Nikola Tesla's Wardenclyffe Tower (1901-1917)
The Wardenclyffe Tower
Backstory and Context
At the turn of the twentieth century, Nikola Tesla was at the height of his career and in the process of conducting experiments on his boldest theories to date. Working in Colorado Springs in 1899, the scientist began to develop ideas about how a worldwide wireless system would work. He believed that if he injected electrical current into the Earth at the right frequency, he could harness the planet’s own electrical charge, which could then be used to carry signals around the world.
At the time, Tesla lived in Manhattan’s Waldorf Astoria Hotel. He returned to the city in 1900 and began searching for financing for his ambitious theories. He courted wealthy Manhattanites who might agree to fund his experiments, and in March of 1901, banker J.P. Morgan agreed to invest $150,000 (more than $4 million today) in the construction of a facility for Tesla. Tesla was able to sell Morgan on the idea with the assurance that he would be able to send and receive messages from London as well as from ships at sea, undoubtedly an attractive possibility for a baron of finance like Morgan. John Jacob Astor was also an early investor, although on a much smaller scale than Morgan.
With financial support secured, Tesla purchased a 200-acre lot on Long Island at this location and ordered a number of large generators and electrical transformers. He also hired the well-known architect Stanford White to design the facility, which he named Wardenclyffe. White, along with Tesla, designed a 187-feet tall wooden tower that was vaguely mushroom-shaped. The half-dome at its top would be 68 feet in diameter. In the dawning years of the twentieth century, the tower must have made a curious-looking site.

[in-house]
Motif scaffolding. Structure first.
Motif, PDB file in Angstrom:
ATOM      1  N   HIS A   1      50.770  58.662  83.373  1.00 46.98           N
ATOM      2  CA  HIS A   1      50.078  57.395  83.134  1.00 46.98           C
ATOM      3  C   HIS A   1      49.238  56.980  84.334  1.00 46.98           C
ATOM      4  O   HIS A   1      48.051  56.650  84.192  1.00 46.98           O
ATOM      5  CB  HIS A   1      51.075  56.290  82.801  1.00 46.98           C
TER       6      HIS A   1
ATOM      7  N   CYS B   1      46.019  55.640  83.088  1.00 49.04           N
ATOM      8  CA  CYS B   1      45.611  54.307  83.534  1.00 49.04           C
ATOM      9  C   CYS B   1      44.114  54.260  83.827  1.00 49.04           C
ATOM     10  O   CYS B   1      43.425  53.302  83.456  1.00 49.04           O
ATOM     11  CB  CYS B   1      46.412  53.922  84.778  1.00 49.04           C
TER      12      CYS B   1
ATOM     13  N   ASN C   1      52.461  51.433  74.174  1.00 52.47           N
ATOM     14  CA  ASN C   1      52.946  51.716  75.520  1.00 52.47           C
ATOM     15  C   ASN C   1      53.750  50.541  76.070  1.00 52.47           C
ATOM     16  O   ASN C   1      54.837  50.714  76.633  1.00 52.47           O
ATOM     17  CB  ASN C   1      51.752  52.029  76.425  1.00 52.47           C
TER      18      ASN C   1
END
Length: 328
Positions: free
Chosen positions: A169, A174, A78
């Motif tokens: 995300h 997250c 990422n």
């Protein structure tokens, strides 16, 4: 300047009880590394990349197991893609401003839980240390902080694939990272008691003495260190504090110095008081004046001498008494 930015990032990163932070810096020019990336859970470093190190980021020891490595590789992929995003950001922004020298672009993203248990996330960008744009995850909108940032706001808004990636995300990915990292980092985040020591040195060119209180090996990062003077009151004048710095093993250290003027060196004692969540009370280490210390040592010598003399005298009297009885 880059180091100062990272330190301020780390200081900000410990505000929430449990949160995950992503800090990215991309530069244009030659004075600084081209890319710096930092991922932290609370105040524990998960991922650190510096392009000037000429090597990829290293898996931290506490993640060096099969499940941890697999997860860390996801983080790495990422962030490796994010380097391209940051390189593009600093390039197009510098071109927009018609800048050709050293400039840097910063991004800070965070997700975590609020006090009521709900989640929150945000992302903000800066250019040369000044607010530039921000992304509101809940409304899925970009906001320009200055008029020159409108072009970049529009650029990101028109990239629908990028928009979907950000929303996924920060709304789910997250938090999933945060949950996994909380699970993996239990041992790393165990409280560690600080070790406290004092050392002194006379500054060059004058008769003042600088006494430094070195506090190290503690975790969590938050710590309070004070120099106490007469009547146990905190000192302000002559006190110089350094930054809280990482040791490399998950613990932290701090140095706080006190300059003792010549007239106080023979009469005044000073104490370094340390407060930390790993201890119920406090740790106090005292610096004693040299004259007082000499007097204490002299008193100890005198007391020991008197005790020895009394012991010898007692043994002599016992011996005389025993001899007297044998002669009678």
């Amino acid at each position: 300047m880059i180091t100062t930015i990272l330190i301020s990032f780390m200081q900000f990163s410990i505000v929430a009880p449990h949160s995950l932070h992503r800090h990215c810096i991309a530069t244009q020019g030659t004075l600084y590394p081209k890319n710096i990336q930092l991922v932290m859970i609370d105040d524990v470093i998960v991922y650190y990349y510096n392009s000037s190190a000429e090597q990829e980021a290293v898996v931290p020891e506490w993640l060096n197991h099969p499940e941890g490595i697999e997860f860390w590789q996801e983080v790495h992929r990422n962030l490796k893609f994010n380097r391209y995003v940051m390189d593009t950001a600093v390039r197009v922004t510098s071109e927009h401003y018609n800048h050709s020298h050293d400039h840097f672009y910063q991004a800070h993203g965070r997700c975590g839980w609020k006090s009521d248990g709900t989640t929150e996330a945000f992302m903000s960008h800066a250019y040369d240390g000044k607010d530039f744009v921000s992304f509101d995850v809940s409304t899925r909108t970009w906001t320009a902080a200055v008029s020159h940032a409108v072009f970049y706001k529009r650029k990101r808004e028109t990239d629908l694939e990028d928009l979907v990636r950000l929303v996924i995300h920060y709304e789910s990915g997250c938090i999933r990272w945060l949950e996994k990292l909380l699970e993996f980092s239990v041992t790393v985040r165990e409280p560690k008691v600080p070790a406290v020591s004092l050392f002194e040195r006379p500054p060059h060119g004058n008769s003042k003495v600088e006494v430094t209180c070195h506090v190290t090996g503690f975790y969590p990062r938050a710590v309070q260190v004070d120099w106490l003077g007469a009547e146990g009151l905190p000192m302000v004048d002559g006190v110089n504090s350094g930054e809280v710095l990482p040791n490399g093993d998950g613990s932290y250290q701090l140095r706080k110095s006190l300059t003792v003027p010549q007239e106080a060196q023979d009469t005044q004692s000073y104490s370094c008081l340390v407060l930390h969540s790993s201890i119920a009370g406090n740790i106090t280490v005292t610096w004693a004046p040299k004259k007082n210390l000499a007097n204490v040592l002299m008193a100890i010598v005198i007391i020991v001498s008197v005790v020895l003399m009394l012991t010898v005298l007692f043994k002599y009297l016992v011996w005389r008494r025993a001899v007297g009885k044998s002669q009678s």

At roughly the same time that construction of the facility was underway, the press released the news that Guglielmo Marconi had transmitted radio waves between France and England. Tesla came to believe that Marconi was copying his design and that he needed to up the ante if he wanted to keep his investors. He decided to develop a much stronger transmitter that could potentially allow for wireless power transmission of signals around the world, a move that would certainly leave his competitor in the dust.
Tesla approached his benefactor about additional funds to pay for the new, much larger scale of the project. Since Tesla was essentially violating his contract with Morgan, the financier refused to provide additional financing. Undeterred, he continued construction of Wardenclyffe, completing the facility in 1902
Once Morgan withdrew funding, Tesla’s finances began to unravel. He took out a mortgage on the Wardenclyffe property to cover his expenses at the Waldorf Astoria in 1904, and a second mortgage in 1908 to pay for additional expenses. But by that time, the property already appeared to be abandoned. Workers at the facility took employment elsewhere, Stanford White was murdered by the husband of his lover, and Tesla himself suffered what was apparently a nervous breakdown. Eventually, the tower was demolished and sold for scrap to help the scientist pay his debts.
For a number of years, the site was used by a company that developed photographic film. The facility closed in 1992, leaving the site abandoned. In recent years, however, the site—now whittled down to a much smaller size, but including the original Stanford White building—was purchased by the Friends of Science East, which hopes to eventually turn the building into a museum dedicated to Tesla. Tesla Motors founder, Elon Musk, is reportedly a contributor to the planned museum. The grounds also feature a monument to Tesla which was a gift from the country of Serbia. (Both Serbia and Croatia claim the physicist as a native son.) The site was listed on the National Register of Historic Places in 2018.
Gannon, Megan. Nikola Tesla Once-Neglected NY Lab Gets a New Life. Live Science. July 10, 2014. Accessed July 17, 2019. https://www.livescience.com/46742-nikola-tesla-wardenclyffe-museum.html.